Thomas Mantell, Felix Moncla Jr. and Roger Wilson. What sets these three military pilots apart from all others is not that they were killed in the line of duty, but the fact that they died chasing U̳F̳O̳s.
January 7, 1948, WWII Ace, Captain Thomas Mantell was leading a group of four F-51 Mustang fighters on a routine mission over Kentucky. Unknown to Mantell at the time, Kentucky State Police were receiving reports of a large circular U̳F̳O̳, first over Mansville then Irvington and Owensburg.
The police soon relayed the information to Godman Army Airfield at Fort Knox, by the time the call was made, the U̳F̳O̳ could clearly be seen on radar by military personnel in the Godman control tower. It was described by witnesses as being very large, round, white in color and having a red light on its underside.
With Mantell’s group already in the air, the decision was made to send them to identify the U̳F̳O̳ and if necessary intercept it. One of the Mustangs continued on the planned flight path leaving 3 planes to pursue the U̳F̳O̳. The group reached an altitude of 15,000 ft when two of the planes had to descend because their pilots were quickly running out of oxygen.
Mantell however continued his pursuit of the U̳F̳O̳ and reached nearly 25,000 ft. Mantell radioed the Godman tower, “The object is directly ahead of and above me now, moving at about half my speed… It appears to be a metallic object or possibly reflection of Sun from a metallic object, and it is of tremendous size… I’m still climbing… I’m trying to close in for a better look.”
The words were the last ever heard from Thomas Mantell, his plane went into a dive and crashed at 3:16 pm near Franklin, Kentucky. The U̳F̳O̳ soon cleared Kentucky airspace and was reported over Tennessee before disappearing.
The most likely cause of the deadly crash is that Mantell simply went to high, ran out of oxygen and passed out. The real mystery of this story is what it was that Mantell and the others were chasing and the answer to that remains unknown.
The next and as far as we know only other deadly encounter between U.S. military pilots and a U̳F̳O̳, occurred on November 23, 1953, when radar operators at Truax AFB in Madison, Wisconsin, saw an unidentified blip on their screens.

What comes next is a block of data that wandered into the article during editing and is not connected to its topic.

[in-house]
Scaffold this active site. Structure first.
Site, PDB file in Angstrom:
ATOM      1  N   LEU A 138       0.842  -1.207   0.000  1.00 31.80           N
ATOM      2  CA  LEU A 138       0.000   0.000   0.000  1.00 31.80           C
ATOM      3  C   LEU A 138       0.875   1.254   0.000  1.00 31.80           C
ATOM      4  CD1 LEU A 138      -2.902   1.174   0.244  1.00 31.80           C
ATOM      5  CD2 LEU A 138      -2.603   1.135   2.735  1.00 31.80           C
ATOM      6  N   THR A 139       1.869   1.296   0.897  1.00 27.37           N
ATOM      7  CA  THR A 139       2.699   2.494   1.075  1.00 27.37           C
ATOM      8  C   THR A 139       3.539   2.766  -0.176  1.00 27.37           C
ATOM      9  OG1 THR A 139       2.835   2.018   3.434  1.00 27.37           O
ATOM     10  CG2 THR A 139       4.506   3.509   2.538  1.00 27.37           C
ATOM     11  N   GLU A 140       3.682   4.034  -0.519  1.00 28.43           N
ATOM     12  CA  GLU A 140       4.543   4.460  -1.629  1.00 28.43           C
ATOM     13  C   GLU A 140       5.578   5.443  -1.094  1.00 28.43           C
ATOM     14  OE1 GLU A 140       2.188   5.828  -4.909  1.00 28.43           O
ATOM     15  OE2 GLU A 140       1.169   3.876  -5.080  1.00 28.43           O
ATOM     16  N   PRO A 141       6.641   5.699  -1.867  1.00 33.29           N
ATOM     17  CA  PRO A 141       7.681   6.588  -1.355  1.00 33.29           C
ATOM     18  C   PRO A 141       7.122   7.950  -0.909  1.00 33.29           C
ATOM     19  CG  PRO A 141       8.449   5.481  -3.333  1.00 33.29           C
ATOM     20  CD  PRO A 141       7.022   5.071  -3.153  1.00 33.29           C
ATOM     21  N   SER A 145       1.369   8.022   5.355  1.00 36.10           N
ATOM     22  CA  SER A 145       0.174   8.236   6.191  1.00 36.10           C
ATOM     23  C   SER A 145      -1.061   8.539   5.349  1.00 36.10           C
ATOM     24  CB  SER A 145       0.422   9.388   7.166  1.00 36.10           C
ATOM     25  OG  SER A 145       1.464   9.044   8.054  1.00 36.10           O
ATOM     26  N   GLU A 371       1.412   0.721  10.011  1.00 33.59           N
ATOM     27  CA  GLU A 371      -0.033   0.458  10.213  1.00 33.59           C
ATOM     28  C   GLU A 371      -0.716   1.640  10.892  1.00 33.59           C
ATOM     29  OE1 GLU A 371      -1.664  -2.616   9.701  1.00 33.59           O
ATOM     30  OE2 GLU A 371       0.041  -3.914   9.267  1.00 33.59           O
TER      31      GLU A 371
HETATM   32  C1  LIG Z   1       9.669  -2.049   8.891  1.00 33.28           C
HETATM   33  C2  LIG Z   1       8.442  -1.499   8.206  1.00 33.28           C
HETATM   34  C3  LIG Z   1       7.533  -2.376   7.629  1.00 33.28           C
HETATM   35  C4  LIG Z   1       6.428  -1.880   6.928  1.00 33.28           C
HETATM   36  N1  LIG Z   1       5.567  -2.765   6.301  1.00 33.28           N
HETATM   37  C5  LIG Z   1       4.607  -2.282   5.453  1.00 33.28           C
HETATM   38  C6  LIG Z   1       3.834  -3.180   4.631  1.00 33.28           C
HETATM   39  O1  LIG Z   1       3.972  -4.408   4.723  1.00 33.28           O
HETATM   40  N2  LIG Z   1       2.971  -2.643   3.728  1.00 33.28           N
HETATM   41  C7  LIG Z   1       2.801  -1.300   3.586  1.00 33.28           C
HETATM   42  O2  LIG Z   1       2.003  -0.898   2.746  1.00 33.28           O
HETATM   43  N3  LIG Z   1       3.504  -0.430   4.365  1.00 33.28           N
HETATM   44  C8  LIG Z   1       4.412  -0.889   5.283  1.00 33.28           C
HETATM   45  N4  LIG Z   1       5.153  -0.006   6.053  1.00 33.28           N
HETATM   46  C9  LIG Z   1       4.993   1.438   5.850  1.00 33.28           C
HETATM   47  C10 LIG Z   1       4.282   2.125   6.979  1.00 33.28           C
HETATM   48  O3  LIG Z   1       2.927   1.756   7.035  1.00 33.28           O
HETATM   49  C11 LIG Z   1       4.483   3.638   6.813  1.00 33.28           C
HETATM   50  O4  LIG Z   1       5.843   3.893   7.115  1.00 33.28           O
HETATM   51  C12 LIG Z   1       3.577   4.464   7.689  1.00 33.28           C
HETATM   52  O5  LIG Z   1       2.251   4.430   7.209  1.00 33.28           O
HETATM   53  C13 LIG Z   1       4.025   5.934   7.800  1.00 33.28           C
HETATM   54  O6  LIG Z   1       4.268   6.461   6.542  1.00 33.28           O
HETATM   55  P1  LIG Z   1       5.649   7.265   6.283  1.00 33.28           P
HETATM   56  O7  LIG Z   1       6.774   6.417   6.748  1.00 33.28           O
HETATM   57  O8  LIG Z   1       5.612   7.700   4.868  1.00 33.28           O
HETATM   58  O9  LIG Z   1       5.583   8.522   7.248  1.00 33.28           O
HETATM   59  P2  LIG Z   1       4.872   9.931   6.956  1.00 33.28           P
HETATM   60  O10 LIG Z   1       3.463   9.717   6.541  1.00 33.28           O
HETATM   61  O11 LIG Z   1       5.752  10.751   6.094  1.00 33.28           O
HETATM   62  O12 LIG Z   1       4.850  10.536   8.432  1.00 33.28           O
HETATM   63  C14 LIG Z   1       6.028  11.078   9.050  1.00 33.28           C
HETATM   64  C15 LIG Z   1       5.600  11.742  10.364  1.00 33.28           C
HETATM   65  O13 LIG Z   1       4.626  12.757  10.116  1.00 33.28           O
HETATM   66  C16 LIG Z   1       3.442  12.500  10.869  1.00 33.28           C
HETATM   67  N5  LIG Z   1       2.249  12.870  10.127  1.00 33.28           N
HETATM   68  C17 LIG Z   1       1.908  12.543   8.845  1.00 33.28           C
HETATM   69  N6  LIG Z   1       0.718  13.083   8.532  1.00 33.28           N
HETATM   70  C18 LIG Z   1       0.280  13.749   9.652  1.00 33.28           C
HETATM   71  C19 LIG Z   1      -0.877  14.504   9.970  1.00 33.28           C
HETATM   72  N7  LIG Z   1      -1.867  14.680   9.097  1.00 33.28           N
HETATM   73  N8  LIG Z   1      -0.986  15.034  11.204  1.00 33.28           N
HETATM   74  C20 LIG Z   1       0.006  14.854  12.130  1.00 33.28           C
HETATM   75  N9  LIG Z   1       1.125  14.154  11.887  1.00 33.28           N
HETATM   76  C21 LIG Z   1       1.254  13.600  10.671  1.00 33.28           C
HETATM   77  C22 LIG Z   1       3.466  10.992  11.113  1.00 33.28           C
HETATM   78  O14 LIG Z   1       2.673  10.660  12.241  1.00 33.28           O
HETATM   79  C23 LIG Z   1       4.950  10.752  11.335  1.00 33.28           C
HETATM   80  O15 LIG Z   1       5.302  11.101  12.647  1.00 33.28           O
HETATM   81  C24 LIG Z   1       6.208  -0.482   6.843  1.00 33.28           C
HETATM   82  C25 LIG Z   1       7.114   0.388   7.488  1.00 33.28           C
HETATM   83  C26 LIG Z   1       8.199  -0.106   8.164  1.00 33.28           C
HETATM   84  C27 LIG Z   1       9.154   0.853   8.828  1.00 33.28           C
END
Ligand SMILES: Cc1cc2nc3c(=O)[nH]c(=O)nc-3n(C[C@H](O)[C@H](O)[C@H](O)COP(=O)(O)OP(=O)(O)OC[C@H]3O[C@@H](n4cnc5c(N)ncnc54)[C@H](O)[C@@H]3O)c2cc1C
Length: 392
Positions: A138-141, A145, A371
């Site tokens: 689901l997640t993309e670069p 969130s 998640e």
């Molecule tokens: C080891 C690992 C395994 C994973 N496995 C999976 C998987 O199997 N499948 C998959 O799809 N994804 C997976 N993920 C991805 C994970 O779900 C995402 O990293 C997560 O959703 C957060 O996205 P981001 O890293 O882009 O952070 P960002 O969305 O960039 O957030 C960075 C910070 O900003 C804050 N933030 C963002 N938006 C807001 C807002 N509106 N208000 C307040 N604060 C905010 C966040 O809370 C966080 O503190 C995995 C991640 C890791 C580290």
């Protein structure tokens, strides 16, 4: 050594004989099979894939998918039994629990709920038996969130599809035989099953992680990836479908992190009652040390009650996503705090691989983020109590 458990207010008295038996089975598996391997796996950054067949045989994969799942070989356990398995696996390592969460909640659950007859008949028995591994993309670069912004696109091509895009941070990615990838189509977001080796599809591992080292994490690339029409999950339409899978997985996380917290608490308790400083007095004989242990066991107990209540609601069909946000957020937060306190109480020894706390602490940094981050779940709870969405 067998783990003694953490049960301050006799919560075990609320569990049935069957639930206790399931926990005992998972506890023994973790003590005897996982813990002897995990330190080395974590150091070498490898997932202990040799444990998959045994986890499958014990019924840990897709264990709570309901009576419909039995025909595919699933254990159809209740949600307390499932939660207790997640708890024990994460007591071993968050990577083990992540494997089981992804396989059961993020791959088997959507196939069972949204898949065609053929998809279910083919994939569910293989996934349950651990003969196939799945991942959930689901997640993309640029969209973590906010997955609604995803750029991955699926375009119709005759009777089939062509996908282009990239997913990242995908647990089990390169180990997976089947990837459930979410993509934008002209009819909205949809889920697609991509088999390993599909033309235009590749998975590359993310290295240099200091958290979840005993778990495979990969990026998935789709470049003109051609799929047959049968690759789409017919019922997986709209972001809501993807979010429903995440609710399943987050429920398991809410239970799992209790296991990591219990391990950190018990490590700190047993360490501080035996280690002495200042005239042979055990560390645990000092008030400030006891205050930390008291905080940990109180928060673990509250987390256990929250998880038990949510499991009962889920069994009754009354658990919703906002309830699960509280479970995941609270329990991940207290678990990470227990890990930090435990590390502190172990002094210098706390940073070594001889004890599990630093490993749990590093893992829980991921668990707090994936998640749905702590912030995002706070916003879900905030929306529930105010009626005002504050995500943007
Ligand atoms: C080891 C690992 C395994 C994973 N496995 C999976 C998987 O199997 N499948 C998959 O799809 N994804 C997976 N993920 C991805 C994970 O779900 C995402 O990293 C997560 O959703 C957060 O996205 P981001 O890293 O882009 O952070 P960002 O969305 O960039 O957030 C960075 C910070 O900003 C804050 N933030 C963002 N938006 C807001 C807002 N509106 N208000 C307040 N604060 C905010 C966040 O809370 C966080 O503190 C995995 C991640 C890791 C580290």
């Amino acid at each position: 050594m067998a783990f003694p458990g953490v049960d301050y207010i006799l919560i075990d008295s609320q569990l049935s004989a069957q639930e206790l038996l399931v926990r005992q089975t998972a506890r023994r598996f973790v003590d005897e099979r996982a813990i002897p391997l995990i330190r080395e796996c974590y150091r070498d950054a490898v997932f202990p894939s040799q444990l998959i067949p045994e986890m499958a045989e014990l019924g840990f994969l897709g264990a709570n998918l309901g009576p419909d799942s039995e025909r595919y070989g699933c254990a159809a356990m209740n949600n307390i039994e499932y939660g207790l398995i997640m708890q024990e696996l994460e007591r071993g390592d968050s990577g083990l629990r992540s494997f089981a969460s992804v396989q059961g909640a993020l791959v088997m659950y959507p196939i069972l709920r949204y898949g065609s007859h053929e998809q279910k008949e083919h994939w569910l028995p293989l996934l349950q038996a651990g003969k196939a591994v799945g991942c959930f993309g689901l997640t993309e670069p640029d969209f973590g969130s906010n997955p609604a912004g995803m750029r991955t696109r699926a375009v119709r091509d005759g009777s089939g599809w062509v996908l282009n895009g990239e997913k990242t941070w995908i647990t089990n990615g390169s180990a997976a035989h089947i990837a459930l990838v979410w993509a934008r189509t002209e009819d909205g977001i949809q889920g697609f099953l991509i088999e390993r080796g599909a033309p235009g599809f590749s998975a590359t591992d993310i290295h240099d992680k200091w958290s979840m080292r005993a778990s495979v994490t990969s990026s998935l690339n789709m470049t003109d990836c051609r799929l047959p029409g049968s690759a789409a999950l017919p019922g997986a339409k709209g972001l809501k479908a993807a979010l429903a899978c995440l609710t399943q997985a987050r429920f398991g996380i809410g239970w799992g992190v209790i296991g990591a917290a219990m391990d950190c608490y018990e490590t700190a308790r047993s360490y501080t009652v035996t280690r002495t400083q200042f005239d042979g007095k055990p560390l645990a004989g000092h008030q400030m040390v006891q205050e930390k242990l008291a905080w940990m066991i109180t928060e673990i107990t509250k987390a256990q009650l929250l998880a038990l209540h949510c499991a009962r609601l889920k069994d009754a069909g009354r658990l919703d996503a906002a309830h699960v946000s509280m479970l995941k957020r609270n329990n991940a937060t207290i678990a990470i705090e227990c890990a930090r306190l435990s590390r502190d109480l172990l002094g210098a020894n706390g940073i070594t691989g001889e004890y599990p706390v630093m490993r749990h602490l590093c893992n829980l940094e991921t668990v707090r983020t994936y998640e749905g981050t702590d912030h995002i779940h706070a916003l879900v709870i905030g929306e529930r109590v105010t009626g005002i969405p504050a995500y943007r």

The U̳F̳O̳ was located near the U.S./Canadian border and an F-89 Scorpion jet fighter was sent up to investigate. The plane was piloted by 1st Lt. Felix Moncla Jr. with 2nd Lt. Roger Wilson serving as the on board radar officer.
With the speed capabilities of the Scorpion, Moncla should have quickly reached the U̳F̳O̳, but the unknown craft appeared to take evasive maneuvers which made it impossible for Lt. Wilson to track the craft with the on board radar.
The U̳F̳O̳ did however remain on the ground radar at Truax and the information was relayed from the ground to Lt. Moncla. The ground radar clearly showed two blips approaching each other, then merging.
The hope was that Moncla’s fighter and the U̳F̳O̳ had simply passed above or below one another but a second blip never reappeared. There was no further contact with Lt. Moncla’s Scorpion and the U̳F̳O̳ soon vanished from the screen.
The Air Force explanation came quick. They claimed that Moncla had a history of suffering from vertigo, this seems unlikely as Moncla would not have been allowed to fly if vertigo posed a safety concern.
They went on to say that what Moncla and Wilson were pursuing was a Canadian aircraft, that claim was refuted by the RCAF. There was also a theory that the plane exploded, it is possible but no debris of the Scorpion was discovered in the massive search for the downed aircraft.
In 2006 a company called the Michigan Diving Company claimed to have discovered the remains of Moncla’s plane at the bottom of Lake Superior. Those claims and the MDC however turned out to be a hoax. To this day no trace of the plane or its crew has been found.